Refugees not so welcome: most Germans say country has reached its limit

A new study shows how Germans are still for welcoming in refugees in principle, but at the same time feel like their country can't cope with more arrivals.

Refugees not so welcome: most Germans say country has reached its limit
Volunteers await refugees in Frankfurt in 2015. Photo: DPA

A large majority of Germans still say that immigrants and refugees are “welcome or very welcome” in their country after the country took in over a million asylum seekers in two years, the report by the Bertelsmann Foundation found.

While 70 percent of respondents said that immigrants are welcome, 59 percent said the same of refugees.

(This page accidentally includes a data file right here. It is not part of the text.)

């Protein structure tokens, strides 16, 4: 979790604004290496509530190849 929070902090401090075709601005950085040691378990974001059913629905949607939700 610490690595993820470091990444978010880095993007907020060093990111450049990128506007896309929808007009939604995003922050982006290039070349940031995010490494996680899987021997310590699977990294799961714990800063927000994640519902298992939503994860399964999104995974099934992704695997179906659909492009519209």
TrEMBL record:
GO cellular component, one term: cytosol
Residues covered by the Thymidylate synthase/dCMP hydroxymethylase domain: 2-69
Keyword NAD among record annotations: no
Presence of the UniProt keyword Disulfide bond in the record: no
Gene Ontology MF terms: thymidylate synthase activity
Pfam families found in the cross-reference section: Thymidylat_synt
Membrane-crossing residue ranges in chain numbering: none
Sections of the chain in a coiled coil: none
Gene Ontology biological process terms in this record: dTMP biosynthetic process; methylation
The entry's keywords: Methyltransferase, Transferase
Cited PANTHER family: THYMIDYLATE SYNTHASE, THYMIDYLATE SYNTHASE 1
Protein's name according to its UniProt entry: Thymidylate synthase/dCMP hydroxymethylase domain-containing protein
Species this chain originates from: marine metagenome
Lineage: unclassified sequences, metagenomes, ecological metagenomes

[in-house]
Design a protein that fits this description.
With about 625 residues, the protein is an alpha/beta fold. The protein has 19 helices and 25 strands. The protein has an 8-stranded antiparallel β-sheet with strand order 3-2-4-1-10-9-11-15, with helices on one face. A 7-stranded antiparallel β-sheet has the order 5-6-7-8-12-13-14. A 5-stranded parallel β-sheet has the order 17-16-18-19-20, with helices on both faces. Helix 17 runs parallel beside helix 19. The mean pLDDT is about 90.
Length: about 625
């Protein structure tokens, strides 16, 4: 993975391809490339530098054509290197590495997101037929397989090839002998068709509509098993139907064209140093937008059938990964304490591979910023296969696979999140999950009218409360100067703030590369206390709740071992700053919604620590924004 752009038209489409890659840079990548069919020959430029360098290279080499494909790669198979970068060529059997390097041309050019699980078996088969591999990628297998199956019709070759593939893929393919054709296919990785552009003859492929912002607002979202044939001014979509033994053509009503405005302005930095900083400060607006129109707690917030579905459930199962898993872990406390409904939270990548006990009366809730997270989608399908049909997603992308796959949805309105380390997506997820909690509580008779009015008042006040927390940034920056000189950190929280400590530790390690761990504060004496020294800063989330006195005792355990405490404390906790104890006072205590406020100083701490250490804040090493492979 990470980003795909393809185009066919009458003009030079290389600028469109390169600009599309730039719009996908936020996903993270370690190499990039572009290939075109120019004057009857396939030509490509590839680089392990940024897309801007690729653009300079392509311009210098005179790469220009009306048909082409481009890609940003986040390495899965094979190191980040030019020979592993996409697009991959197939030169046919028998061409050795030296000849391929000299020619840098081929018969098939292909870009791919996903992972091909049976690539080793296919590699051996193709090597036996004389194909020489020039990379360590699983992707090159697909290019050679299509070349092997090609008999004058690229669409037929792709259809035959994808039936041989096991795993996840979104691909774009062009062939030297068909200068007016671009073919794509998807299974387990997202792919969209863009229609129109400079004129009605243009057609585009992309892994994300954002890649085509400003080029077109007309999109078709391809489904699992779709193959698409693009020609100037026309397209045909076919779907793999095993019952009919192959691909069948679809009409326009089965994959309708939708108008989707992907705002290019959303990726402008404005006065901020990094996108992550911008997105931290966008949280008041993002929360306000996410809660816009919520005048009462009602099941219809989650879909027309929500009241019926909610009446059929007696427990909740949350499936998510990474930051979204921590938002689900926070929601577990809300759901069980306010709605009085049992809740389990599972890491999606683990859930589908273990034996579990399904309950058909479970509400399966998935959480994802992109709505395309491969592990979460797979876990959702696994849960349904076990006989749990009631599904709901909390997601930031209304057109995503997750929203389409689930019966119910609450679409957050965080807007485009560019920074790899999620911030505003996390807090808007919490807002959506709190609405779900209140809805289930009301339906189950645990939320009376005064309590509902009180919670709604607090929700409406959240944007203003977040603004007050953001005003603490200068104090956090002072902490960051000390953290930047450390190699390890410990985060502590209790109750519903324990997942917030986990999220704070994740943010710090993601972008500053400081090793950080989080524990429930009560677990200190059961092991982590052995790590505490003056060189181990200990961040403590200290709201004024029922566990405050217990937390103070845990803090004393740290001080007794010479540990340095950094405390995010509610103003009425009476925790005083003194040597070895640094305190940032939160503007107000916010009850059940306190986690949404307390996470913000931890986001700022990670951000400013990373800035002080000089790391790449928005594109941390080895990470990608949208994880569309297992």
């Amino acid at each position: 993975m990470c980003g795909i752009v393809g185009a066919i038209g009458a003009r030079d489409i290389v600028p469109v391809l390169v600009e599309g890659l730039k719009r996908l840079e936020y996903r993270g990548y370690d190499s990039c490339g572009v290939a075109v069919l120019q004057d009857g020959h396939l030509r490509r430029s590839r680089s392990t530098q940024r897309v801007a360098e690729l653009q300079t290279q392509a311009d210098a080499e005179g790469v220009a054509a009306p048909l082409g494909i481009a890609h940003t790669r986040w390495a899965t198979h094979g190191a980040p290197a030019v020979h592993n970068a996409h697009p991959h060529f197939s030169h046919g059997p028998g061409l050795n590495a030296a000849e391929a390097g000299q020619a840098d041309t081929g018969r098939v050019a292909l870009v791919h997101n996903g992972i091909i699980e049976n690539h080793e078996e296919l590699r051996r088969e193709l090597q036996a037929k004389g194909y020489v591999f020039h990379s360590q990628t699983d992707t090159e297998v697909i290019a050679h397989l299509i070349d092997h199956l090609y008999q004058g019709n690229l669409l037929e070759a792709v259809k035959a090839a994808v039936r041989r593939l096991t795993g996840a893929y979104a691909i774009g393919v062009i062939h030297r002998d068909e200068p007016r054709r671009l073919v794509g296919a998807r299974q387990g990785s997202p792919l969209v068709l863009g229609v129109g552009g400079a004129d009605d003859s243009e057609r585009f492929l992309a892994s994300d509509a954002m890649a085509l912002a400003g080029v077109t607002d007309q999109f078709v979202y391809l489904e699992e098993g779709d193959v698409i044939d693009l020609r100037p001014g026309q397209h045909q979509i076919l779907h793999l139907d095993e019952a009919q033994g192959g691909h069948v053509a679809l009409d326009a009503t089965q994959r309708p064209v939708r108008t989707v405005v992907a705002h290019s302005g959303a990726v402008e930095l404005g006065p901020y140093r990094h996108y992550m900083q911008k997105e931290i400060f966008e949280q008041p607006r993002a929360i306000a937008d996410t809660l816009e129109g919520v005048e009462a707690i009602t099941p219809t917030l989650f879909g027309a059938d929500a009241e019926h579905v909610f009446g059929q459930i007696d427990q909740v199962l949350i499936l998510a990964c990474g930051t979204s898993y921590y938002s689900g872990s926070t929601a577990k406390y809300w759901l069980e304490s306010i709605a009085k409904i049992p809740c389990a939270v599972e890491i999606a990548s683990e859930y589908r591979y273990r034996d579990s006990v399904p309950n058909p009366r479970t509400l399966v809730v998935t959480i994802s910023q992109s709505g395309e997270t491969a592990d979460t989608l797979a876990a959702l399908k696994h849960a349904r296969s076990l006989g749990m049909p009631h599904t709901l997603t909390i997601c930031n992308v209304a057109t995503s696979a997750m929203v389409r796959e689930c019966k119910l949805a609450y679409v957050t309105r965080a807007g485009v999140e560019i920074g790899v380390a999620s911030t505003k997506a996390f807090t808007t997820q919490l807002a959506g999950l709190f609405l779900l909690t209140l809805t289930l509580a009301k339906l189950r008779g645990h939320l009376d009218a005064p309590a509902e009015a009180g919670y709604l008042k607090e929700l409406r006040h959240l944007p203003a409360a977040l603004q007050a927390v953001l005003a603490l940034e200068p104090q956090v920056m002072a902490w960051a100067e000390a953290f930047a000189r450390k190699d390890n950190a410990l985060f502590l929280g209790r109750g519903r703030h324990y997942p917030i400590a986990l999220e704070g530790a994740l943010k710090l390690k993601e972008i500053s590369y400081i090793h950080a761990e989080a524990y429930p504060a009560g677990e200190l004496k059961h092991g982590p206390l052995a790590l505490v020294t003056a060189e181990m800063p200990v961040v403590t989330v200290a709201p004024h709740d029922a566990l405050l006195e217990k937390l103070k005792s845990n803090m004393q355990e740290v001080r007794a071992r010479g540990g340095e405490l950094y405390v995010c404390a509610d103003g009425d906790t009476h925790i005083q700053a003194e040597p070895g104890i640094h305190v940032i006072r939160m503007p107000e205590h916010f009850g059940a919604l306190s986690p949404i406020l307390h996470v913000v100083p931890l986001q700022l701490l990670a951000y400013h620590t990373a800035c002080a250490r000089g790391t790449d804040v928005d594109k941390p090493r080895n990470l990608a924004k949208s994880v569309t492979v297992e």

The response to immigration has been positive over the last five years, the study showed. In 2012, 49 percent of Germans said that immigrants are welcome in Germany. In 2015, 59 percent of people gave the same reply.

This year was the first time that the study asked for people’s opinions on how welcome refugees are.

But, despite the fact that a majority of Germans said refugees are welcome in their country, a majority also felt the country had reached its limit in terms of taking in more asylum seekers.

While in 2015, 40 percent of respondents told the study that Germany had reached the point where it could take in no more refugees, in 2017 this proportion had risen to 54 percent.

“The willingness of Germans to take in more refugees has dropped significantly,” the report observed.

The study also found a clear cleft between the east and west of Germany in attitudes towards refugees.

While 33 percent of residents of former East Germany said that Germans should welcome refugees “with open arms,” almost double that proportion (65 percent) said so in the west.